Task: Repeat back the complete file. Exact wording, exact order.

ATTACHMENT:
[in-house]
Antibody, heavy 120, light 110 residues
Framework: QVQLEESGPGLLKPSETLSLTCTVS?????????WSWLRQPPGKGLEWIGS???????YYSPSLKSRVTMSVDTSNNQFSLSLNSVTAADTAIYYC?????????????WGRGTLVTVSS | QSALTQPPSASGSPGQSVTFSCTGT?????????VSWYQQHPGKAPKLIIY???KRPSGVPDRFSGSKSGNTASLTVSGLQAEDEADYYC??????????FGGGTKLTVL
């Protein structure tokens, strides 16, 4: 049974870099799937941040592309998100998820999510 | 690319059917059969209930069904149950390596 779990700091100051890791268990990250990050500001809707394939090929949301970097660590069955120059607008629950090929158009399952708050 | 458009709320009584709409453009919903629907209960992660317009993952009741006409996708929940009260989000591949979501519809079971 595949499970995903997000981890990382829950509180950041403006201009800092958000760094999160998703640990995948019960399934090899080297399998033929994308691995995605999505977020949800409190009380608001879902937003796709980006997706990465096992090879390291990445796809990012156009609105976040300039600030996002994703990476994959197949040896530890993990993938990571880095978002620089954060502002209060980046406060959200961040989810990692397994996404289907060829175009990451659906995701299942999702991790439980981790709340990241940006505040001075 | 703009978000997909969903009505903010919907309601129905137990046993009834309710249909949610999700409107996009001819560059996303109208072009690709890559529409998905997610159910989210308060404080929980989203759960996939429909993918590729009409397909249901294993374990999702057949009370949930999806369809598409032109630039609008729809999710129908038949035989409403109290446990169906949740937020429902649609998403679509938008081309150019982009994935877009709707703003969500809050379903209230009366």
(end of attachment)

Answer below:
[in-house]
Antibody, heavy 120, light 110 residues
Framework: QVQLEESGPGLLKPSETLSLTCTVS?????????WSWLRQPPGKGLEWIGS???????YYSPSLKSRVTMSVDTSNNQFSLSLNSVTAADTAIYYC?????????????WGRGTLVTVSS | QSALTQPPSASGSPGQSVTFSCTGT?????????VSWYQQHPGKAPKLIIY???KRPSGVPDRFSGSKSGNTASLTVSGLQAEDEADYYC??????????FGGGTKLTVL
């Protein structure tokens, strides 16, 4: 049974870099799937941040592309998100998820999510 | 690319059917059969209930069904149950390596 779990700091100051890791268990990250990050500001809707394939090929949301970097660590069955120059607008629950090929158009399952708050 | 458009709320009584709409453009919903629907209960992660317009993952009741006409996708929940009260989000591949979501519809079971 595949499970995903997000981890990382829950509180950041403006201009800092958000760094999160998703640990995948019960399934090899080297399998033929994308691995995605999505977020949800409190009380608001879902937003796709980006997706990465096992090879390291990445796809990012156009609105976040300039600030996002994703990476994959197949040896530890993990993938990571880095978002620089954060502002209060980046406060959200961040989810990692397994996404289907060829175009990451659906995701299942999702991790439980981790709340990241940006505040001075 | 703009978000997909969903009505903010919907309601129905137990046993009834309710249909949610999700409107996009001819560059996303109208072009690709890559529409998905997610159910989210308060404080929980989203759960996939429909993918590729009409397909249901294993374990999702057949009370949930999806369809598409032109630039609008729809999710129908038949035989409403109290446990169906949740937020429902649609998403679509938008081309150019982009994935877009709707703003969500809050379903209230009366």